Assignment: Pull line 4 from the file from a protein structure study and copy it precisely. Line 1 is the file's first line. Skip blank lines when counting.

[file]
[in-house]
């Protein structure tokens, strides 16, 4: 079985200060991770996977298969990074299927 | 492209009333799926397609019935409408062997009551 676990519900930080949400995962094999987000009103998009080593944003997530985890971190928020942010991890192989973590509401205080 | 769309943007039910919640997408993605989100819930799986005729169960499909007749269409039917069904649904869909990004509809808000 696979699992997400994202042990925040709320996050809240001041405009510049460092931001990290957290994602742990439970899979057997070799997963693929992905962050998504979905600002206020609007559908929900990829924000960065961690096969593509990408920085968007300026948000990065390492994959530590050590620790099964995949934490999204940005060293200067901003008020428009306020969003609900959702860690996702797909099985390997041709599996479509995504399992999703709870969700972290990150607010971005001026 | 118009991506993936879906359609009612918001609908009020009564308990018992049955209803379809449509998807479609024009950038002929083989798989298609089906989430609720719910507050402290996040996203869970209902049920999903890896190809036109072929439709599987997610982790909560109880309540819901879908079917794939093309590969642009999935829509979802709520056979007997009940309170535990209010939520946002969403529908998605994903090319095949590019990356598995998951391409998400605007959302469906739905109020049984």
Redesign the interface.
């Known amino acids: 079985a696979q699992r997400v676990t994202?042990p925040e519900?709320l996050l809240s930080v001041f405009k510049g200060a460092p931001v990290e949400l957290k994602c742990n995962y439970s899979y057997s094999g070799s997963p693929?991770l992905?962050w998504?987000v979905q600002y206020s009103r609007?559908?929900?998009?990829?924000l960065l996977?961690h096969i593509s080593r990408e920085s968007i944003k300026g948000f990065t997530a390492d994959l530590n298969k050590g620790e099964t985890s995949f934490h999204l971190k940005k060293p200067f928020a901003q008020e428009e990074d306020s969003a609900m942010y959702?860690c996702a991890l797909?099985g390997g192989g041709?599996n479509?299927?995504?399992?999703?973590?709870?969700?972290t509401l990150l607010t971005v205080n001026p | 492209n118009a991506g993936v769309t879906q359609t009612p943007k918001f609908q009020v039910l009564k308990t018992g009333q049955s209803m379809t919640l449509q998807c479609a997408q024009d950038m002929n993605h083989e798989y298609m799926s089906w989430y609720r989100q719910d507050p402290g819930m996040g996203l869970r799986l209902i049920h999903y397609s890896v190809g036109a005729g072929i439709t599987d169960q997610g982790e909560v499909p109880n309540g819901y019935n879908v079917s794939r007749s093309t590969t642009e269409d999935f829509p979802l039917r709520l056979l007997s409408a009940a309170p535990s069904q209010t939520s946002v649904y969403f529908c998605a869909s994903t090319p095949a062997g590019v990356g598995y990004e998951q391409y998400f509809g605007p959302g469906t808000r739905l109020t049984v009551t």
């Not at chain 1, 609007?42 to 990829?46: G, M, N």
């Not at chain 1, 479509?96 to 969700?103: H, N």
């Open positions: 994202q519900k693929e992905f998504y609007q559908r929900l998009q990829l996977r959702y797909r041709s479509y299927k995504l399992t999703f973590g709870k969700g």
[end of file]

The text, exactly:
């Known amino acids: 079985a696979q699992r997400v676990t994202?042990p925040e519900?709320l996050l809240s930080v001041f405009k510049g200060a460092p931001v990290e949400l957290k994602c742990n995962y439970s899979y057997s094999g070799s997963p693929?991770l992905?962050w998504?987000v979905q600002y206020s009103r609007?559908?929900?998009?990829?924000l960065l996977?961690h096969i593509s080593r990408e920085s968007i944003k300026g948000f990065t997530a390492d994959l530590n298969k050590g620790e099964t985890s995949f934490h999204l971190k940005k060293p200067f928020a901003q008020e428009e990074d306020s969003a609900m942010y959702?860690c996702a991890l797909?099985g390997g192989g041709?599996n479509?299927?995504?399992?999703?973590?709870?969700?972290t509401l990150l607010t971005v205080n001026p | 492209n118009a991506g993936v769309t879906q359609t009612p943007k918001f609908q009020v039910l009564k308990t018992g009333q049955s209803m379809t919640l449509q998807c479609a997408q024009d950038m002929n993605h083989e798989y298609m799926s089906w989430y609720r989100q719910d507050p402290g819930m996040g996203l869970r799986l209902i049920h999903y397609s890896v190809g036109a005729g072929i439709t599987d169960q997610g982790e909560v499909p109880n309540g819901y019935n879908v079917s794939r007749s093309t590969t642009e269409d999935f829509p979802l039917r709520l056979l007997s409408a009940a309170p535990s069904q209010t939520s946002v649904y969403f529908c998605a869909s994903t090319p095949a062997g590019v990356g598995y990004e998951q391409y998400f509809g605007p959302g469906t808000r739905l109020t049984v009551t």